If a church provides a parsonage, the church should assume all costs for maintenance and utilities. These costs may be paid directly or the pastor may be given a parsonage allowance sufficient to cover these expenses. In addition to these costs, the church should provide and maintain major appliances in the parsonage. Pastors who live in an unfurnished parsonage also may receive a furnishings allowance or have a portion of their base salary designated as a furnishings allowance. If the pastor is offered such an allowance, it must be designated by the church council prior to the beginning of the year. While living in a parsonage has some advantages, it does not build equity for retirement. Some church organizations choose to compensate the pastor for this by making Housing Equity Contributions.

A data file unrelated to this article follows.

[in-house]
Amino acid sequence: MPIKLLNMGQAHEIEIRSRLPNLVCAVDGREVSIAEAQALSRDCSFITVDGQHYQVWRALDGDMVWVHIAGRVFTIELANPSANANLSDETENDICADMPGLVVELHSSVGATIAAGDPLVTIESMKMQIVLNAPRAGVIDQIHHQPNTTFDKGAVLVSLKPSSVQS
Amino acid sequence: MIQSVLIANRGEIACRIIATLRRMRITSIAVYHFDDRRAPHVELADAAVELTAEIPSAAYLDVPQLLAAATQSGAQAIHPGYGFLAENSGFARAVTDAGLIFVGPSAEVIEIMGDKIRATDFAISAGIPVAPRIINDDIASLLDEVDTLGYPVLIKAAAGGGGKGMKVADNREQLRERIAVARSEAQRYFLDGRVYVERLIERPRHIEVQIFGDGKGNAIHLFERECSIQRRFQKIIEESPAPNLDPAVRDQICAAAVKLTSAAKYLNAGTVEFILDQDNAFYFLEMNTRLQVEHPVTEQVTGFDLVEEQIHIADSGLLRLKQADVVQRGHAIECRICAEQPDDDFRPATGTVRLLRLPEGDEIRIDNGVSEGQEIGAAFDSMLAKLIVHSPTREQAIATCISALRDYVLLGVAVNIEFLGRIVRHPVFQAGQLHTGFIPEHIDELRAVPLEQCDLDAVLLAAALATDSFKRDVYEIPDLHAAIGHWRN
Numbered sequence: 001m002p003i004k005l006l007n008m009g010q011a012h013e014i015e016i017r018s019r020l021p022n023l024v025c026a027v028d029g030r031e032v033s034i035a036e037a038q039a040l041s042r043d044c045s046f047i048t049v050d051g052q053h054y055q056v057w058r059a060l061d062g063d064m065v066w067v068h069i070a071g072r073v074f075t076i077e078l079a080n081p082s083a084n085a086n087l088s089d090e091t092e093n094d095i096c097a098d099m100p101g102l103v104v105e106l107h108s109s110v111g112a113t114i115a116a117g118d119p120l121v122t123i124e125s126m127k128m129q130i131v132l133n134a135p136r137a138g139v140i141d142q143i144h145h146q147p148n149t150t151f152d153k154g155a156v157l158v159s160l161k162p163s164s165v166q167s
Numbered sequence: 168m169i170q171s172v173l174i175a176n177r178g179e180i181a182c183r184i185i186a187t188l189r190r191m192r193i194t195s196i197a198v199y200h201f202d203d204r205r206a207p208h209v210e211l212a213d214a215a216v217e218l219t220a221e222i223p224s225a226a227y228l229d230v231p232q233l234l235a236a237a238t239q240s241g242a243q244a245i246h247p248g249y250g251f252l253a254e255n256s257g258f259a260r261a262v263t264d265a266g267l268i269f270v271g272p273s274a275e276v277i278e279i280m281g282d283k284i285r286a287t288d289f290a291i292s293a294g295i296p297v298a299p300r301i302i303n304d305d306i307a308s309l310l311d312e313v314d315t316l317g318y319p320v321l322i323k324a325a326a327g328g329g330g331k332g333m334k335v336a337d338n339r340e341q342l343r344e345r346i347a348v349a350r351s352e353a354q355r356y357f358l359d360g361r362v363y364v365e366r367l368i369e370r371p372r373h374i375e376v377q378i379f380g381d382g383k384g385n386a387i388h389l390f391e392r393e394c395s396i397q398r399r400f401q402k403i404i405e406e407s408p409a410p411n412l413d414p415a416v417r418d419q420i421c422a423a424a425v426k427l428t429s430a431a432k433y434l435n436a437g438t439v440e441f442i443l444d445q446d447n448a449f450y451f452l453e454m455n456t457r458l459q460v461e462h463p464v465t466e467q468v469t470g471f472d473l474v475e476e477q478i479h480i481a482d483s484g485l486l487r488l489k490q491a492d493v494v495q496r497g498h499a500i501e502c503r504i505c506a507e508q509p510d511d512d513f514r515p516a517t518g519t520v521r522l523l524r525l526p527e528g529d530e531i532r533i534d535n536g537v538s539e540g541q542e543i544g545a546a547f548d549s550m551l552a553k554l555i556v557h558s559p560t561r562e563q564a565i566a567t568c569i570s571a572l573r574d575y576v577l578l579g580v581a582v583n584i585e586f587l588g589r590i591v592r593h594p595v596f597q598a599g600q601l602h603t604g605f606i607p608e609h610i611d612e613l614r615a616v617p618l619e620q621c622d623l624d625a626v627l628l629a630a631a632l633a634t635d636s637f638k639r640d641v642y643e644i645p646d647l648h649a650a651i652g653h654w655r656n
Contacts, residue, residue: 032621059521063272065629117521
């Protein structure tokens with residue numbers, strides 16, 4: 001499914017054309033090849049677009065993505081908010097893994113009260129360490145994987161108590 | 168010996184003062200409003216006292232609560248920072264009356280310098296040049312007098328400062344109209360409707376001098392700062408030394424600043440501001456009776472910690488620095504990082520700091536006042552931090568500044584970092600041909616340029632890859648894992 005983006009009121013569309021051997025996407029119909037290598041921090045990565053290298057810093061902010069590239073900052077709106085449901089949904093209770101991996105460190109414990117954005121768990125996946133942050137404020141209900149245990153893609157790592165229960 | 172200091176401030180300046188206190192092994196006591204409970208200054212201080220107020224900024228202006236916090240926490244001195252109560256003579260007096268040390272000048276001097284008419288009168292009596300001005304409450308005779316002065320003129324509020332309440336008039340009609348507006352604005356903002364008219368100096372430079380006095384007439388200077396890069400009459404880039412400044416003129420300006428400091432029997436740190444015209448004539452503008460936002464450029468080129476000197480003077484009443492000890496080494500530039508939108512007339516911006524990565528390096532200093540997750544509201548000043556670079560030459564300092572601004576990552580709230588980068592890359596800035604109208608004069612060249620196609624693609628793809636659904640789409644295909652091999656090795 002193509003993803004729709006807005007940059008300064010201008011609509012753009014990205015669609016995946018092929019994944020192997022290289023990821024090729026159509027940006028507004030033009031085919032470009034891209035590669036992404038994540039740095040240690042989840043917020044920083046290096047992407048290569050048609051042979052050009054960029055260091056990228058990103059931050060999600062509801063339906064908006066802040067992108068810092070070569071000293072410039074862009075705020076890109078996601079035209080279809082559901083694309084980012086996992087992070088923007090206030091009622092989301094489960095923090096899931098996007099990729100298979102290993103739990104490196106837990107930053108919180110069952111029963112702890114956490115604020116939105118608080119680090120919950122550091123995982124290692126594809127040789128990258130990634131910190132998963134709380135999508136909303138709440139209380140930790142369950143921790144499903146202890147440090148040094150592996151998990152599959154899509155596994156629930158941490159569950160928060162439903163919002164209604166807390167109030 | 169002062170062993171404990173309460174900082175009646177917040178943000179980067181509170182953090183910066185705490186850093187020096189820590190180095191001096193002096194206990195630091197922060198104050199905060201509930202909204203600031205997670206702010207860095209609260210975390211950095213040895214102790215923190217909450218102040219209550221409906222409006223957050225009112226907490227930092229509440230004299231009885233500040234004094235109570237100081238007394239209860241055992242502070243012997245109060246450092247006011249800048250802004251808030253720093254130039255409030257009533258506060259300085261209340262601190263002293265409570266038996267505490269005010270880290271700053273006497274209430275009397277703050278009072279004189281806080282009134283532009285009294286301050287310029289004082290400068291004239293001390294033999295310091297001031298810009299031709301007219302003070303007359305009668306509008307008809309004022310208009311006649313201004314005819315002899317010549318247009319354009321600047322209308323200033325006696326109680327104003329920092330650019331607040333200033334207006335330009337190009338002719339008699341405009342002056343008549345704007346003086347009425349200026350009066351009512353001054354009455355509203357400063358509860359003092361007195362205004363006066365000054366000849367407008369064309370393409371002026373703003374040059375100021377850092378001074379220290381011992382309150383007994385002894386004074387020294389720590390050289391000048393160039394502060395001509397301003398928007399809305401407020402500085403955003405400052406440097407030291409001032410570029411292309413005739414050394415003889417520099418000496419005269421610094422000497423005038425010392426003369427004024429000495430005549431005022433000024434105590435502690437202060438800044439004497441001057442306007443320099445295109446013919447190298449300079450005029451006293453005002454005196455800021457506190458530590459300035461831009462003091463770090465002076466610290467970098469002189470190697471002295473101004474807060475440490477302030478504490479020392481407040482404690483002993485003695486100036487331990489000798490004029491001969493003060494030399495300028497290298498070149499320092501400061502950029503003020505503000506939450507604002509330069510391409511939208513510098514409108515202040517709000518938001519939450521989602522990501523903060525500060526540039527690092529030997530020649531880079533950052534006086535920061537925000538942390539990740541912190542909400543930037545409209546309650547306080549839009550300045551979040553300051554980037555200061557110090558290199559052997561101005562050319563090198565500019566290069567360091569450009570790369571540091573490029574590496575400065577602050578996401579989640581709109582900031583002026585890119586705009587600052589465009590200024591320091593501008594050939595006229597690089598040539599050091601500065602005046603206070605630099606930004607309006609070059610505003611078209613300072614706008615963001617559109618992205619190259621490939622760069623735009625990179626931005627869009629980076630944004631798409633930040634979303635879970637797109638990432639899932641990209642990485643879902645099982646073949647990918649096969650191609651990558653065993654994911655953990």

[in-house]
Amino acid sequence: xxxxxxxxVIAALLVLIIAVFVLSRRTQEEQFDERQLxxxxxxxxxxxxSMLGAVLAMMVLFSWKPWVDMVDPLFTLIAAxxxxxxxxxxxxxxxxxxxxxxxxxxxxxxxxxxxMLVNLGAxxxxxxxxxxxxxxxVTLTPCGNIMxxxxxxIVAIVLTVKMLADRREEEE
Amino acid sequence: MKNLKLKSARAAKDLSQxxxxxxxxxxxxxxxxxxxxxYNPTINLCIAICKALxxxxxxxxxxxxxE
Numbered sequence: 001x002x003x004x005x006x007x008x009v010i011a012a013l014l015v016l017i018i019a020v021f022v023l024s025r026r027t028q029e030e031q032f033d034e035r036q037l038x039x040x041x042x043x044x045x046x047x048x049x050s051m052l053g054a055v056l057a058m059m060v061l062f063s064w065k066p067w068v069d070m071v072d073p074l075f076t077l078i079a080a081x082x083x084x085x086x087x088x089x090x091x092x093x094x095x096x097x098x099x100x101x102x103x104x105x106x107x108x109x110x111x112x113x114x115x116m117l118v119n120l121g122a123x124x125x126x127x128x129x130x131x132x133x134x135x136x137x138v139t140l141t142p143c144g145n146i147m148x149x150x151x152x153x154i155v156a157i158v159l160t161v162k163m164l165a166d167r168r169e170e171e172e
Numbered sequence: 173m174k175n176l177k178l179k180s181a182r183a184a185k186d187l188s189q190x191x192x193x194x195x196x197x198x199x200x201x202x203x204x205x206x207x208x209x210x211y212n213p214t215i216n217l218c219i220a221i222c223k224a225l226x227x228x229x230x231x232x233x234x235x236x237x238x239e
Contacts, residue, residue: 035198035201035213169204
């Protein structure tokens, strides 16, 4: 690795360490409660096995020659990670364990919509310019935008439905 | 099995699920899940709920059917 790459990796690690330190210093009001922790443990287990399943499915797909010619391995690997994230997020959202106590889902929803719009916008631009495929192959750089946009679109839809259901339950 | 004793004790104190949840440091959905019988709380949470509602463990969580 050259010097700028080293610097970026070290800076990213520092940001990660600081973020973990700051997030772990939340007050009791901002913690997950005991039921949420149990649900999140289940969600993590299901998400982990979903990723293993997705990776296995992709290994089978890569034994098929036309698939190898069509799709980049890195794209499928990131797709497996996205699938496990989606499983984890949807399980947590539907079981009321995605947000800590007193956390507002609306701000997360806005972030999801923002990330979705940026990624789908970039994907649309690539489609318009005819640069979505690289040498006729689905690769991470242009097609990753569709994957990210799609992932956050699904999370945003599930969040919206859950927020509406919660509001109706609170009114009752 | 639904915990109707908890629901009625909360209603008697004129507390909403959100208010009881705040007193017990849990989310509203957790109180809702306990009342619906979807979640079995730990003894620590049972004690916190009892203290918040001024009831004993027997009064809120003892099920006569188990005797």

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This article is intended to provide readers with guidance in tax matters. The article does not constitute, and should not be treated as professional advice regarding the use of any particular tax technique. Every effort has been made to assure the accuracy of the information. Clergy Financial Resources and the author do not assume responsibility for any individual’s reliance upon the information provided in the article. Readers should independently verify all information before applying it to a particular fact situation, and should independently determine the impact of any particular tax planning technique. If you are seeking legal advice, you are encouraged to consult an attorney.
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